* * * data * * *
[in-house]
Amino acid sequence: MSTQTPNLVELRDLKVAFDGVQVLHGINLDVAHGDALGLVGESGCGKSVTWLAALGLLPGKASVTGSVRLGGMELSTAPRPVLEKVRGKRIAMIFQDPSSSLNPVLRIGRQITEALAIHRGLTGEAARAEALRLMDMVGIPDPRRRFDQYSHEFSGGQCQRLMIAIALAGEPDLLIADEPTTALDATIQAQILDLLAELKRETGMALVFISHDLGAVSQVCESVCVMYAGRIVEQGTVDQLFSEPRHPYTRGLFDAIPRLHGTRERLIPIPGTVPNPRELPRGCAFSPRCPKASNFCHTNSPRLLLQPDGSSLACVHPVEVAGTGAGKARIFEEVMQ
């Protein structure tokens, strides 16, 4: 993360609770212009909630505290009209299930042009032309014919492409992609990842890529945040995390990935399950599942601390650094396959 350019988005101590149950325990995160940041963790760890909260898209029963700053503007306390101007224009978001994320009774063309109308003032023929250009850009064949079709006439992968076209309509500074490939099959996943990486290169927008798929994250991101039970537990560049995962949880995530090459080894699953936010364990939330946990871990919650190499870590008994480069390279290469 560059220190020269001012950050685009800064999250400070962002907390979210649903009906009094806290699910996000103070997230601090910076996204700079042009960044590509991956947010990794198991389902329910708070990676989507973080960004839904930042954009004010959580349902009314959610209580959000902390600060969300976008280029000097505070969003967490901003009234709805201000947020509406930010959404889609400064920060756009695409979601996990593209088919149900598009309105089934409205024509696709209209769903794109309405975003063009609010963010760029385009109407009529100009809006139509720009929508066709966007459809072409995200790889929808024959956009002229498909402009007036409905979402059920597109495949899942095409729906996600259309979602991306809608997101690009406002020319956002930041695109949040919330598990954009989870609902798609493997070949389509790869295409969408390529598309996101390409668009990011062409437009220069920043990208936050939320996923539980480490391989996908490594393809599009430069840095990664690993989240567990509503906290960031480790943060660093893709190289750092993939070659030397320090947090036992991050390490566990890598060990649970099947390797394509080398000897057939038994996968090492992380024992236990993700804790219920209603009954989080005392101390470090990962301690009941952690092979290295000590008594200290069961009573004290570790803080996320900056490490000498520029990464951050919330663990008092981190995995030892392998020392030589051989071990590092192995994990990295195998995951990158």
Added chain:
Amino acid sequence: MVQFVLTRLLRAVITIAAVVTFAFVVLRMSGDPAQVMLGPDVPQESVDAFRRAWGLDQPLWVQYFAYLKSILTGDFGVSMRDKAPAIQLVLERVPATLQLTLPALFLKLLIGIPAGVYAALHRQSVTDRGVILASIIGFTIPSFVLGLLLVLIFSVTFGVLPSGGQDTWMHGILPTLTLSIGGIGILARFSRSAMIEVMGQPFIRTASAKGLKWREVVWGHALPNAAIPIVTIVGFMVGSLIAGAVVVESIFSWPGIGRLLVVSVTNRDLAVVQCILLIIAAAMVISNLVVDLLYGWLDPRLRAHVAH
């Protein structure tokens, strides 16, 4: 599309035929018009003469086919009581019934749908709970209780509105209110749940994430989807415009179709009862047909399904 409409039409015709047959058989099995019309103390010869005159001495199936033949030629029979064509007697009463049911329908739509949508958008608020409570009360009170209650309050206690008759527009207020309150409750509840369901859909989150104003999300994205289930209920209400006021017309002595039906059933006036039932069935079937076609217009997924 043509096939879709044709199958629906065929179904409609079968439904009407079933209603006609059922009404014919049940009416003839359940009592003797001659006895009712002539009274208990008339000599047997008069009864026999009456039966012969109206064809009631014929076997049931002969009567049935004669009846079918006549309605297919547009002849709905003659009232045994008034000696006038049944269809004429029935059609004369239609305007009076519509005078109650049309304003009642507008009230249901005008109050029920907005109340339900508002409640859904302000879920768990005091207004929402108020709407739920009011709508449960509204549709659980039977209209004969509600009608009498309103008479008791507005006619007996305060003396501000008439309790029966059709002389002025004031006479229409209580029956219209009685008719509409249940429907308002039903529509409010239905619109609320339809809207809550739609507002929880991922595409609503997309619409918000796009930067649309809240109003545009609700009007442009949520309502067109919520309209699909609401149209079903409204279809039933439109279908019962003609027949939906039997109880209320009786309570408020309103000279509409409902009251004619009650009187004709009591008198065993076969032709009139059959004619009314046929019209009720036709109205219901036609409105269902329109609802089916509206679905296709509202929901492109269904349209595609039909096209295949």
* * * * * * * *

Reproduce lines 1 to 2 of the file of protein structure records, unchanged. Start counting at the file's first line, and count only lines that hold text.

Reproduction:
[in-house]
Amino acid sequence: MSTQTPNLVELRDLKVAFDGVQVLHGINLDVAHGDALGLVGESGCGKSVTWLAALGLLPGKASVTGSVRLGGMELSTAPRPVLEKVRGKRIAMIFQDPSSSLNPVLRIGRQITEALAIHRGLTGEAARAEALRLMDMVGIPDPRRRFDQYSHEFSGGQCQRLMIAIALAGEPDLLIADEPTTALDATIQAQILDLLAELKRETGMALVFISHDLGAVSQVCESVCVMYAGRIVEQGTVDQLFSEPRHPYTRGLFDAIPRLHGTRERLIPIPGTVPNPRELPRGCAFSPRCPKASNFCHTNSPRLLLQPDGSSLACVHPVEVAGTGAGKARIFEEVMQ